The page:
1997. It’s the year of the IMF crisis in Korea, and a bunch of underdogs are on a quest to change their fate. Kim Hyung-joon’s (Lee Sung-kyun) cosmetic factory is about to go under and he’s being chased by several loan sharks. But he doggedly believes in the product he’s just made—BB cream. He just needs a way to market it. He enlists the help of Oh Ji-young (Lee Yeon-hee), his first love, who works as an elevator attendant at a department store. He convinces her to join the Miss Korea competition despite her “advanced” age of twenty-five as a marketing ploy for his product. And between them, they take on a system that’s out to crush their dreams. 


While easily a romcom, the show is also a hopeful love letter to people who’ve had to make sacrifices just to survive and encourages them never to give up despite the odds. Lee gains the audience's sympathy as he hard carries his little team to a future that only he can dare to hope for.




My Wife is Having an Affair/Listen to Love (2016)

In yet another turn as an ordinary middle-aged man enduring an extraordinary crisis, Lee shines once again in this Korean adaptation of the 2007 Fuji TV Japanese drama. As a reality TV producer, Do Hyun-woo (Lee Sun-kyun) believes he has it all – that is until he finds clues that his wife Jung Soo-yeon (Song Ji-hyo) may just be cheating on him. Desperate and too ashamed to turn to friends, Do resorts to asking an internet forum for advice. The internet, in turn, goads him into investigating the affair himself. What starts as an arduous wait at a hotel lobby turns into the confirmation of his worst fears and the beginning of an arduous divorce.


While the drama deserves every accolade for its realistic portrayal of the pains of divorce and its effects on all parties involved, it is Lee’s performance as the beleaguered husband whose life slowly implodes that takes the cake. Wait for the scene where he breaks down and sobs into a near-empty refrigerator as the reality of divorce finally bludgeons him. It predates his exquisitely painful breakdowns in My Ahjussi by a couple of years. 




Dr. Brain (2021)

As the first Korean show produced for AppleTV, Dr. Brain doesn't break any new ground in the body horror genre (a neuroscientist invents a way to read and absorb the memories of others, dead or alive), director Kim Jee-won makes this well-worn sci-fi path still worth watching by drenching this thriller in pure Hong Kong-style neon glory. And it doesn’t hurt to have Lee Sun-kyun as the tortured neuroscientist who’s too convincing for comfort: he is convincing, grounded, and easily holds your attention until the bittersweet, neon-charged end. 



His notable film roles include:


Parasite (2019)

While Lee had already enjoyed respect and top-billing in Korea and the rest of the K-drama-watching world, it was his role as a high-society tech entrepreneur whose family employs another family of grifters that introduced him to the rest of the casual movie-going public. Alongside another screen legend Song Kang-ho and under the direction of Bong Joon-ho, Lee and the rest of the cast propelled the dark comedy into the Oscar-winning disruptor that it has become and further cemented Korean cinema as one of the most exciting films to watch.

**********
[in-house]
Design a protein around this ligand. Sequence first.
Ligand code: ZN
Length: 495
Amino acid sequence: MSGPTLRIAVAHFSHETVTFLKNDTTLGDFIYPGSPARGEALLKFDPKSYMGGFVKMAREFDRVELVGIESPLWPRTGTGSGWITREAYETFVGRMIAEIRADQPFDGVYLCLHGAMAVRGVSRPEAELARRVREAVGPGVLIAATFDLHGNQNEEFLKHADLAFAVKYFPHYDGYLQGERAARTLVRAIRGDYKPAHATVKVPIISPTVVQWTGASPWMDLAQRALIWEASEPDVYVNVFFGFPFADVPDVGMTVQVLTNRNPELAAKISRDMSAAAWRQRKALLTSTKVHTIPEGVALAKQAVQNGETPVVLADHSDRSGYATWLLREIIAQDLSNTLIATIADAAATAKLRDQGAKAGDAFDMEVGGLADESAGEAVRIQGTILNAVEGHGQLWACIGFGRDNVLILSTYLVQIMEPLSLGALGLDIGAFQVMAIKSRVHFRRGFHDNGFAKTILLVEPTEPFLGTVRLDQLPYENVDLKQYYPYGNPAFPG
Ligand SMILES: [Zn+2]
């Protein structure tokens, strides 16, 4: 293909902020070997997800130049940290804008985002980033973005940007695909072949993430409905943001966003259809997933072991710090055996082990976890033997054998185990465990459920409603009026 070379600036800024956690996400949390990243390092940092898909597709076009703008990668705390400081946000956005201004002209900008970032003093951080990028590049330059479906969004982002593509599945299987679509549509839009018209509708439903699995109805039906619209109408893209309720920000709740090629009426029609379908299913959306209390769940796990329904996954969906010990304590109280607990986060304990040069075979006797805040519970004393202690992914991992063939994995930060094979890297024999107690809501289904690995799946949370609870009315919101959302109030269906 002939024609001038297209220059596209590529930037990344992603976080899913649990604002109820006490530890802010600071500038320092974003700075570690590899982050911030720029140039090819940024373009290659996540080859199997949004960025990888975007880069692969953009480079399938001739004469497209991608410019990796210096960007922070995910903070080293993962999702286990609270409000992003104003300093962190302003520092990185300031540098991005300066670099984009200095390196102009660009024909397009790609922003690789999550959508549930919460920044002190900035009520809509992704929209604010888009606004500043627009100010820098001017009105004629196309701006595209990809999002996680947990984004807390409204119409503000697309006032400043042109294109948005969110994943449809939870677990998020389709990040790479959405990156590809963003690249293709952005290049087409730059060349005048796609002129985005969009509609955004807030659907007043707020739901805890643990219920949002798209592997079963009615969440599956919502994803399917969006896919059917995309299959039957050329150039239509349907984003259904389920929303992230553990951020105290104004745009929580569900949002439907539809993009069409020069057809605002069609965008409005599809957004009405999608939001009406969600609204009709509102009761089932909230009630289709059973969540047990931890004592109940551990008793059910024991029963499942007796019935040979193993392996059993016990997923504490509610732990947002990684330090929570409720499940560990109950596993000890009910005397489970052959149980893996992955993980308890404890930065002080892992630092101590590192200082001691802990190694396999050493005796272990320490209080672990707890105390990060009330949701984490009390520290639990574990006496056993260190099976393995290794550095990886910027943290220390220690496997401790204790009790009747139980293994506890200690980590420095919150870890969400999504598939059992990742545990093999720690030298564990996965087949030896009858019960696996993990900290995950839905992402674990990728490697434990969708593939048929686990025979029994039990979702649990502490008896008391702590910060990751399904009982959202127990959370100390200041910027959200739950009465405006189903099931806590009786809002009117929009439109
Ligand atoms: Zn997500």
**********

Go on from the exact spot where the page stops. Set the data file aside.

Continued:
A Hard Day (2014)

In this blockbuster, Lee Sun-kyun plays a detective who is having – well, a very hard day. What starts as an attempt to cover up his hit-and-run quickly spirals into a very bad situation involving gangs, guns, and the tail-end of a massive crime operation. As Go Geon-soo, Lee brings a sense of survivalism and dark humor to his character, while making you root for him even if he’s not the most likable of protagonists. 


To date, the hit has been remade four times: in China as Peace Breaker (2017), in the Philippines as A Hard Day (2021), in France as Restless (2022), and in Japan as Hard Days (2023). An Indian remake is also in the works.



Kingmaker (2022)

Lee Sun-kyun stars opposite another screen legend, Sol Kyung-gu, in Kingmaker. As sharp election strategist Seo Chang-dae, we witness Lee at his clever best, maneuvering the dirty realities of politics to enthrone his candidate into the highest echelons of power. 



Sleep (2023)

Screened at Cannes this year, Sleep is one of Lee Sun-kyun’s final film appearances. In this thriller, Lee plays Hyun-soo, a bit actor and newlywed husband who suffers from a mysterious sleep disorder that causes him to act dangerously at night. His pregnant wife, Soo-jin (Jung Yu-mi), works desperately to find the reason behind his condition, resorting to extremes in medicine and shamanism to keep her family safe.  




In a harsh and unforgiving society that demands insane levels of perfection from its entertainers and celebrities, Lee Sun-kyun's untimely and tragic passing stands as a reminder to be wary of the dangers of cancel culture, as well as the importance of offering a space for artists who struggle in the liminal space between allegations and formal conviction. May we always be careful of what we say, strive for nuance and understanding, and remember that the artists who depict our humanity onscreen are painfully human, too.


Rest now, our Ahjussi.